Swiss join exodus from Lebanon

Hundreds of foreigners await their evacuation from Beirut on ferries Keystone

Switzerland's foreign ministry has confirmed that Swiss nationals are among the foreigners being evacuated from Beirut on board ferries bound for Cyprus.

This content was published on July 17, 2006 - 21:01

The ministry said on Monday that it was seeking other ways of extricating remaining Swiss citizens, either by sea or by road to Syria, as Israeli aeroplanes continued their bombardment of Lebanon's infrastructure.

Thousands of foreigners are still waiting to leave amid ongoing efforts by overseas governments to evacuate their citizens.

With many roads impassable and the airport disabled, European governments have been chartering ships to pull their nationals out of the Lebanese capital.

The Swiss foreign ministry said more nationals should be able to leave Lebanon by sea "in the coming hours and days" thanks to collaboration with the French and the Italians.

Most ships are headed for Cyprus, where hundreds of foreigners - including tourists and dual nationals - have been arriving since Israel began its offensive last week in response to attacks from Hezbollah fighters. Others have escaped by road into neighbouring Syria.


Embassies and foreign organisations in Beirut have been besieged by foreigners, seeking to be evacuated.

The Swiss ambassador in Beirut, François Barras, told Swiss public radio on Monday that hundreds of Swiss citizens wanted to escape Lebanon. He said that most of these people were dual nationals who only wanted to leave temporarily, but warned it would not be possible to evacuate all of them for a few days.

Of particular concern were 55 Swiss citizens trapped in southern Lebanon, where the Islamic Hezbollah militants – Israel's real targets – are firing rockets at the port of Haifa and other areas of northern Israel.

According to Barras, the first "refugees" from the area have already arrived at the Swiss embassy. He added some of them – those living near the port of Tyre – had lost "everything".

A German pastor in the capital told the Swiss News Agency that many foreigners, including several Swiss, had sought help in his evangelical community.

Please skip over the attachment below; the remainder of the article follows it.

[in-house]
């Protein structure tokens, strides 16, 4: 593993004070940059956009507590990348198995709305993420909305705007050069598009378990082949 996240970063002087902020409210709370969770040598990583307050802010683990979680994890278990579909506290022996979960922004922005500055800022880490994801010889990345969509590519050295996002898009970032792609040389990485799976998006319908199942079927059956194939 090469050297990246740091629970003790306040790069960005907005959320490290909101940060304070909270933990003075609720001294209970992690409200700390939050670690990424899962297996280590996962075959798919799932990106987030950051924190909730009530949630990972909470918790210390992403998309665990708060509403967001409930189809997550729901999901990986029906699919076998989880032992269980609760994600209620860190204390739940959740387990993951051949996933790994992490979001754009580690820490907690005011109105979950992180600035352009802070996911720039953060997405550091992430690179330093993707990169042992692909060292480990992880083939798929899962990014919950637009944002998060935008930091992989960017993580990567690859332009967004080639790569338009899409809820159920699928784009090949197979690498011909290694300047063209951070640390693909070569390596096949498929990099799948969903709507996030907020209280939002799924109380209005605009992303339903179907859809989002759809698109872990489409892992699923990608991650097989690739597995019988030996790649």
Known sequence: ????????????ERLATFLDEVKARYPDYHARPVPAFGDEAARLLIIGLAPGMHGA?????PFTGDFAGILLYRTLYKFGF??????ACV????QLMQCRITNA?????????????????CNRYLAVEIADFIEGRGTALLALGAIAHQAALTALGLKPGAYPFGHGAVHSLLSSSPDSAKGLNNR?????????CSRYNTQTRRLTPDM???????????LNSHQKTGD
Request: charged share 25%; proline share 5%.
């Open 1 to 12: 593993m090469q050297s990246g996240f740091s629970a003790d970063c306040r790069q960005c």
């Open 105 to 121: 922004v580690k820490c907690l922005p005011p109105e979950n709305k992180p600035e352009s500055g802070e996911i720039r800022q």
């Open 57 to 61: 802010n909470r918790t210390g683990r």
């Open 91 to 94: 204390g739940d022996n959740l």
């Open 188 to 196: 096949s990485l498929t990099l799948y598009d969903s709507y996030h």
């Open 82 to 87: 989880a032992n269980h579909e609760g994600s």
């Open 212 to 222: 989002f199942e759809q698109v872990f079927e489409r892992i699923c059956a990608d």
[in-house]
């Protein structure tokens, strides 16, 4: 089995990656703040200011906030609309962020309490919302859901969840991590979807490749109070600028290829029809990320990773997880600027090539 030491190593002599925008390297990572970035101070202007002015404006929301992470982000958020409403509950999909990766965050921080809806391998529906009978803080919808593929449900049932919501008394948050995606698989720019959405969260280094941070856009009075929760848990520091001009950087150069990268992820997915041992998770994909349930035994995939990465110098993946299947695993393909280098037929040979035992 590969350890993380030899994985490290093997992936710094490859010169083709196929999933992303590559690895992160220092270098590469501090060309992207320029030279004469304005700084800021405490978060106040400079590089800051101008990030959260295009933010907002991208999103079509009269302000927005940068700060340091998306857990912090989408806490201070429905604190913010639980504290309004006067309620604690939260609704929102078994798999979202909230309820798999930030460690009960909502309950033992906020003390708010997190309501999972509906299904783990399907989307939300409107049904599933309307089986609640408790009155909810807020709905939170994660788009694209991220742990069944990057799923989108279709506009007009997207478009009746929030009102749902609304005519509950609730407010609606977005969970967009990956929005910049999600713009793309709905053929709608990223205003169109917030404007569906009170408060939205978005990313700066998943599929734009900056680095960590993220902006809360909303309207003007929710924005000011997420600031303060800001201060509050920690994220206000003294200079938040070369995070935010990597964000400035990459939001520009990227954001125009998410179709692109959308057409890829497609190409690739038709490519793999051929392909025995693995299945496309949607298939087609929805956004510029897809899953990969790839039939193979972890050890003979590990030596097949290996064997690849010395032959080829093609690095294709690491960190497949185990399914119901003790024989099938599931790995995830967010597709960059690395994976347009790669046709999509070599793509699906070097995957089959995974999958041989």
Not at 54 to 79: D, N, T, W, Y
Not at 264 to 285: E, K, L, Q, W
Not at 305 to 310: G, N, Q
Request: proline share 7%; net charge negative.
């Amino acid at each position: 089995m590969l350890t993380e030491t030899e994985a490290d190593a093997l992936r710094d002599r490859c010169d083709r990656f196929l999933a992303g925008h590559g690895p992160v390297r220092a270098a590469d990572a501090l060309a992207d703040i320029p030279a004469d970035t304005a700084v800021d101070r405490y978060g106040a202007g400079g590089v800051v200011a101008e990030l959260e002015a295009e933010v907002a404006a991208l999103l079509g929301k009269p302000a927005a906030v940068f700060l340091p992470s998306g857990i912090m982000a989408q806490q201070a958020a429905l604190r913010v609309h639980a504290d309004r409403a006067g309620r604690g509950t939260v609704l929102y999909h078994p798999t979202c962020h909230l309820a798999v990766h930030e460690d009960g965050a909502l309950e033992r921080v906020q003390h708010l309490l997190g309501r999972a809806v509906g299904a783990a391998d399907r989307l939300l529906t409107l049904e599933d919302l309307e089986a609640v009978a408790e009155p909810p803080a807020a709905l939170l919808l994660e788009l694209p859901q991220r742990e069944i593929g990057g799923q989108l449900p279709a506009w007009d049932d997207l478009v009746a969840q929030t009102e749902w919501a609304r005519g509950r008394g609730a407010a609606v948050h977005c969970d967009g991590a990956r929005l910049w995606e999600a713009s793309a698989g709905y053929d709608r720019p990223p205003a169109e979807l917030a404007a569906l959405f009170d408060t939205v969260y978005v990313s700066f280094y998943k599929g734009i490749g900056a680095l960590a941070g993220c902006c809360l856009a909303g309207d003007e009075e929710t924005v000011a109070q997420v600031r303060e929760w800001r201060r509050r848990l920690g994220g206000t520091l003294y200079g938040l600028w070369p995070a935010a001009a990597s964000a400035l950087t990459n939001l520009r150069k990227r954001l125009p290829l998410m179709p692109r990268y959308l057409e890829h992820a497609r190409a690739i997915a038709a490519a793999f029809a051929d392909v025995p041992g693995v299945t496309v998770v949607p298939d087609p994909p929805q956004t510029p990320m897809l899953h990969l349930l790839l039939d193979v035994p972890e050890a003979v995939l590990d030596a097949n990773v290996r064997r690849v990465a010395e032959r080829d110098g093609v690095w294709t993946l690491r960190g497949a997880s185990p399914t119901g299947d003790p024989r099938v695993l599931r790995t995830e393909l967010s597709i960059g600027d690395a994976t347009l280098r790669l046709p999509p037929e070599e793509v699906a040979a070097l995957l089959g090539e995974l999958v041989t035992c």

"Many are panicking and want to get out of Lebanon as quickly as possible," said Uwe Weltzien, adding that several people were clearly traumatised by their experiences.

The Swiss foreign ministry is attempting to deal with the situation by sending extra staff to Lebanon to help the Swiss still there. Besides the maritime route, it is also considering sending more people by road to Syria.


According to the latest information from the ministry, around 136 Swiss nationals were evacuated to Syria over the weekend, and hundreds more are in hotels in Beirut awaiting transport out of the country.

Most foreign embassies, including that of Switzerland, have been advising their nationals to stay where they are until safe passage can be arranged for them.

Despite calls by the United Nations for a ceasefire, Hezbollah militants were on Monday stepping up both their attacks and their rhetoric, while Israel continued its bombardment and denied media reports that it had any plans to halt the offensive.

Israel also said it was too soon to consider a UN plan to send a multinational security force to Lebanon.

swissinfo with agencies

In brief

The fighting - the worst since Israel invaded southern Lebanon in 1982 – was triggered after Hezbollah seized two Israeli soldiers in a cross-border raid last week.

The Islamic militant movement is part of the Lebanese government and is backed by Syria and Iran.

So far more than 200 people in Lebanon – most civilians – have been killed, and much of the country's infrastructure destroyed, including Beirut airport and the motorway to Damascus.

Twenty-four Israelis have died, including 12 civilians hit by Hezbollah rocket attacks.

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Key facts

The Swiss foreign ministry says there are 838 Swiss nationals registered as resident in Lebanon, of which 713 hold dual nationality.
The number of tourists is not clear, but could amount to "several hundred".
Family members can contact the foreign ministry for further information on +41 31 324 98 08.

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